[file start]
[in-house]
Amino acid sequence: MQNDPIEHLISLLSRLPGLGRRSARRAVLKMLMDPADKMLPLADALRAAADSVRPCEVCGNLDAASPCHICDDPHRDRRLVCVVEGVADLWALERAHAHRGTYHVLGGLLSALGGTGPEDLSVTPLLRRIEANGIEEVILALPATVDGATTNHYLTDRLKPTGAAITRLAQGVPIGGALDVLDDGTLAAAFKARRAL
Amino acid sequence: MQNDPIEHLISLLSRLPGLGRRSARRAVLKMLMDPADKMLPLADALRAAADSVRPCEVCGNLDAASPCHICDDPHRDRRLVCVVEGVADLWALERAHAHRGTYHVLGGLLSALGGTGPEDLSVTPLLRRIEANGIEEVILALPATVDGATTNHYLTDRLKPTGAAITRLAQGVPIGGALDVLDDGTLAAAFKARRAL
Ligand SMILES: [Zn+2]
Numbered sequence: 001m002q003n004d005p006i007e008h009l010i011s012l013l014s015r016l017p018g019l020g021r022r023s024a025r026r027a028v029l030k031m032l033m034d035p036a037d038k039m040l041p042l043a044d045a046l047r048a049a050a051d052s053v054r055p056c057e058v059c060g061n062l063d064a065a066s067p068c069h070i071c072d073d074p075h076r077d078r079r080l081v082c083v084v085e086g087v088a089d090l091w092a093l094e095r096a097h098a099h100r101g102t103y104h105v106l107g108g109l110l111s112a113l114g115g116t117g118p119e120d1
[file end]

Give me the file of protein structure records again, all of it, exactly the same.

[in-house]
Amino acid sequence: MQNDPIEHLISLLSRLPGLGRRSARRAVLKMLMDPADKMLPLADALRAAADSVRPCEVCGNLDAASPCHICDDPHRDRRLVCVVEGVADLWALERAHAHRGTYHVLGGLLSALGGTGPEDLSVTPLLRRIEANGIEEVILALPATVDGATTNHYLTDRLKPTGAAITRLAQGVPIGGALDVLDDGTLAAAFKARRAL
Amino acid sequence: MQNDPIEHLISLLSRLPGLGRRSARRAVLKMLMDPADKMLPLADALRAAADSVRPCEVCGNLDAASPCHICDDPHRDRRLVCVVEGVADLWALERAHAHRGTYHVLGGLLSALGGTGPEDLSVTPLLRRIEANGIEEVILALPATVDGATTNHYLTDRLKPTGAAITRLAQGVPIGGALDVLDDGTLAAAFKARRAL
Ligand SMILES: [Zn+2]
Numbered sequence: 001m002q003n004d005p006i007e008h009l010i011s012l013l014s015r016l017p018g019l020g021r022r023s024a025r026r027a028v029l030k031m032l033m034d035p036a037d038k039m040l041p042l043a044d045a046l047r048a049a050a051d052s053v054r055p056c057e058v059c060g061n062l063d064a065a066s067p068c069h070i071c072d073d074p075h076r077d078r079r080l081v082c083v084v085e086g087v088a089d090l091w092a093l094e095r096a097h098a099h100r101g102t103y104h105v106l107g108g109l110l111s112a113l114g115g116t117g118p119e120d1